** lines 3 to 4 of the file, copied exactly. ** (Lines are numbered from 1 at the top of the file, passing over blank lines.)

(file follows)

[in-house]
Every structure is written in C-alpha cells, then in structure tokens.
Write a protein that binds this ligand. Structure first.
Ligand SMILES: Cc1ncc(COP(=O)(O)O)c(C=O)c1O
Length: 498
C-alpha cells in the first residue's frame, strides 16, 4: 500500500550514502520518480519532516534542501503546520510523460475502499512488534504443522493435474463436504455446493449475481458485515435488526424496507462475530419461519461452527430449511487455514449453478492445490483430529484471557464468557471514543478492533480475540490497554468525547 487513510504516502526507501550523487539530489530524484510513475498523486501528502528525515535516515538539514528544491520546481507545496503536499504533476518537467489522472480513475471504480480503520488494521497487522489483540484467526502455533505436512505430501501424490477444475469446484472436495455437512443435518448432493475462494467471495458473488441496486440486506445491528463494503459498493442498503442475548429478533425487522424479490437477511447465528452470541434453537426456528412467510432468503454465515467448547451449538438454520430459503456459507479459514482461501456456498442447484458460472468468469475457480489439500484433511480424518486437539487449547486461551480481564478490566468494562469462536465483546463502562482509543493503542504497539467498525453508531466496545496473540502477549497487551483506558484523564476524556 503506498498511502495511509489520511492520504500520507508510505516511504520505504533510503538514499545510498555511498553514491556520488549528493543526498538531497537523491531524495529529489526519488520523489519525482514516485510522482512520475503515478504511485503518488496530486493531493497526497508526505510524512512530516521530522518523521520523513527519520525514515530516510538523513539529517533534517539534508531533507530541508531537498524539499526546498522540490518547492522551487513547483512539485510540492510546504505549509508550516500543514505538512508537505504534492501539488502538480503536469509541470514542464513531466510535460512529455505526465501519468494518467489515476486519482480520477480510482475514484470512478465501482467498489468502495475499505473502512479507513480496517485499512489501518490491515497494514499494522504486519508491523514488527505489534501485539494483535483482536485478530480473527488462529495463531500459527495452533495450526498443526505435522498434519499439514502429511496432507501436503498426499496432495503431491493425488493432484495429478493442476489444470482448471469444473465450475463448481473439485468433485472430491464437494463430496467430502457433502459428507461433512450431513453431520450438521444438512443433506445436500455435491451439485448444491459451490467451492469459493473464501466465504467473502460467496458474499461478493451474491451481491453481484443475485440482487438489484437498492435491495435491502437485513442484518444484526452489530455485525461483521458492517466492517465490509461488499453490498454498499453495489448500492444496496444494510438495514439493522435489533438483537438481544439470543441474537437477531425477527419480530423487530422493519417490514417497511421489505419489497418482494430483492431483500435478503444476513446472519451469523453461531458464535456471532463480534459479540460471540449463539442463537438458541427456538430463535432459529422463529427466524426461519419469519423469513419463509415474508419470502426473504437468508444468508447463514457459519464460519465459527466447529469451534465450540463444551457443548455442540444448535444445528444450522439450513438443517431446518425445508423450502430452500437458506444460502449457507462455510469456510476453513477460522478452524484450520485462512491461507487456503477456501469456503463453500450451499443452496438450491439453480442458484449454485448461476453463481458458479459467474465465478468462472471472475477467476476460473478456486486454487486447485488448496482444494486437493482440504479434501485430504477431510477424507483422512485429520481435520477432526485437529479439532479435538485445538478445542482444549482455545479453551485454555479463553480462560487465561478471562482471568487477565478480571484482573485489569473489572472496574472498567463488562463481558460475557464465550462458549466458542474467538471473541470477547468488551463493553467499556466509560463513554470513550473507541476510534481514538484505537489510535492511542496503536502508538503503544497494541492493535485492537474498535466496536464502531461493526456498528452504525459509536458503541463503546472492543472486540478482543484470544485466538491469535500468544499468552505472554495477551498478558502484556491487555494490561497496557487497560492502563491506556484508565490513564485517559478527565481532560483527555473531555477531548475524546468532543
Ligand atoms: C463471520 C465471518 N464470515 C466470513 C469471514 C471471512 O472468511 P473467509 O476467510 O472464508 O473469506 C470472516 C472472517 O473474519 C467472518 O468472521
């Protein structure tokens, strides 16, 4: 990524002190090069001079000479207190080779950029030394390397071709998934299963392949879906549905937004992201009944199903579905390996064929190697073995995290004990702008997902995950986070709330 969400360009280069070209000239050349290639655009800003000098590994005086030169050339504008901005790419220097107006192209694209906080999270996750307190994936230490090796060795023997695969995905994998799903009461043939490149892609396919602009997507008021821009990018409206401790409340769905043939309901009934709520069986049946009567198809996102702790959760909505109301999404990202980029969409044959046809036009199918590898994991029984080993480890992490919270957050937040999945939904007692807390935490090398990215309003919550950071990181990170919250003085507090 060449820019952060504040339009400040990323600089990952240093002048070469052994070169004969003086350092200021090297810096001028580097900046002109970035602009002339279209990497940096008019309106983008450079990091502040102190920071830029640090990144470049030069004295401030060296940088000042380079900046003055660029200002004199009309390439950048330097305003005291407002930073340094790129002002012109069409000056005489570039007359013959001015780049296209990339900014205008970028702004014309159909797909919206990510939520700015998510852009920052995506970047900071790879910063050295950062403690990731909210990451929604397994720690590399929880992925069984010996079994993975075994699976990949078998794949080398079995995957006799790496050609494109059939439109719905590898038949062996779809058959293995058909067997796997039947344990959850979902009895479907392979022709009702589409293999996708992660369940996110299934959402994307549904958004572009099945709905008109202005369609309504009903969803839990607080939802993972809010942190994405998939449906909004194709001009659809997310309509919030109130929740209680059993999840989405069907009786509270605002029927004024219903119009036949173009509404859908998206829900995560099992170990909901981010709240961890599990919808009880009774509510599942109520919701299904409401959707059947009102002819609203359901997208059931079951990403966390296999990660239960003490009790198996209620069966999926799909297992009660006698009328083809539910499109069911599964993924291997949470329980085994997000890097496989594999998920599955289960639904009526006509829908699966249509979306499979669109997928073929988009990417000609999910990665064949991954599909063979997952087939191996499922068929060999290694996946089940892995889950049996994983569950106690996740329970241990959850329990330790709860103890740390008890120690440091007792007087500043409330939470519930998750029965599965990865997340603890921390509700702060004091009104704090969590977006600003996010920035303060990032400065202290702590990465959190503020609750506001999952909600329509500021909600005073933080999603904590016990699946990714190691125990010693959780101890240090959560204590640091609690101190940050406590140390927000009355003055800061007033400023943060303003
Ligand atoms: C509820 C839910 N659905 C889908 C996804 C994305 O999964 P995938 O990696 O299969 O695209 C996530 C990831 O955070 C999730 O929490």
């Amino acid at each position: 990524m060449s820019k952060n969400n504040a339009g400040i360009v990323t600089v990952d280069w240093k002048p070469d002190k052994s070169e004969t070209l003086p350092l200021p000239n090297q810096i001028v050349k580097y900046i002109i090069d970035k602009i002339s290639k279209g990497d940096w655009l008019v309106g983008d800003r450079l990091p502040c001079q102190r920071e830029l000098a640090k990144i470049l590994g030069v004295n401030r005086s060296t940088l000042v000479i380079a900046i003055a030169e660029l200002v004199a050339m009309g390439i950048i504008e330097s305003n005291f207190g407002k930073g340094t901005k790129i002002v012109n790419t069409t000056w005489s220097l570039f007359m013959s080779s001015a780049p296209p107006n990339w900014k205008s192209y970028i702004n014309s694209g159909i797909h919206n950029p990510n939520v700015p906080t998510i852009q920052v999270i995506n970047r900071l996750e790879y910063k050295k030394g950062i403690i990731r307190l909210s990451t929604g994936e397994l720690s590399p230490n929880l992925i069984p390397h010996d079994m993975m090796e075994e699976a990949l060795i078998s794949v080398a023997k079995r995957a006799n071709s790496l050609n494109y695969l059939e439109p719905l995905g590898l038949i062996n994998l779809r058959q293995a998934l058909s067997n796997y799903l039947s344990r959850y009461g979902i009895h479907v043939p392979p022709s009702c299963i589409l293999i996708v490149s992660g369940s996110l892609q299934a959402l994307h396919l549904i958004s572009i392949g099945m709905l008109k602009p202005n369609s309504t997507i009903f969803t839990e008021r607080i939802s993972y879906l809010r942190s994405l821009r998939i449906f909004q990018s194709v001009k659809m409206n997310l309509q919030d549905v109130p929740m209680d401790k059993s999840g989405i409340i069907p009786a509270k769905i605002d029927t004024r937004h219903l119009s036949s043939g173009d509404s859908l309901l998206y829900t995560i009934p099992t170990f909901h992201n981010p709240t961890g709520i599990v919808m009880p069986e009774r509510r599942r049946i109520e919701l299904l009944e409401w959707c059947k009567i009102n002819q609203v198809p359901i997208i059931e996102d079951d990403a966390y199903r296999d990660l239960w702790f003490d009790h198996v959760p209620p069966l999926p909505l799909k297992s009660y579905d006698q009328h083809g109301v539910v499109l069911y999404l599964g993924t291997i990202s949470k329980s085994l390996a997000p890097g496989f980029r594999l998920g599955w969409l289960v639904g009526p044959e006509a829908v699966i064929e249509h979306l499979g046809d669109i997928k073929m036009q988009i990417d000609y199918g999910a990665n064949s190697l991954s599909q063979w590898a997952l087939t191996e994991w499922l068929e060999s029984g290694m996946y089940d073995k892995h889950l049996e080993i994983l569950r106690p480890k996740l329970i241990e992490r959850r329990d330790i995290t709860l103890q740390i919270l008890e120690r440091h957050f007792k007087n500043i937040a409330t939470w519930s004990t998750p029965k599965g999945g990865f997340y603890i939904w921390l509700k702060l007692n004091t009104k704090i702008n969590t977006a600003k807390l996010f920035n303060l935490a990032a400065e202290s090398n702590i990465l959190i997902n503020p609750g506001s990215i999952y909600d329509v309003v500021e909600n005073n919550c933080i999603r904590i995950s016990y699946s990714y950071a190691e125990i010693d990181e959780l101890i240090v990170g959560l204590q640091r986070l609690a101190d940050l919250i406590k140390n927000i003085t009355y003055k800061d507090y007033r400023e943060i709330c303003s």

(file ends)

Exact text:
Write a protein that binds this ligand. Structure first.
Ligand SMILES: Cc1ncc(COP(=O)(O)O)c(C=O)c1O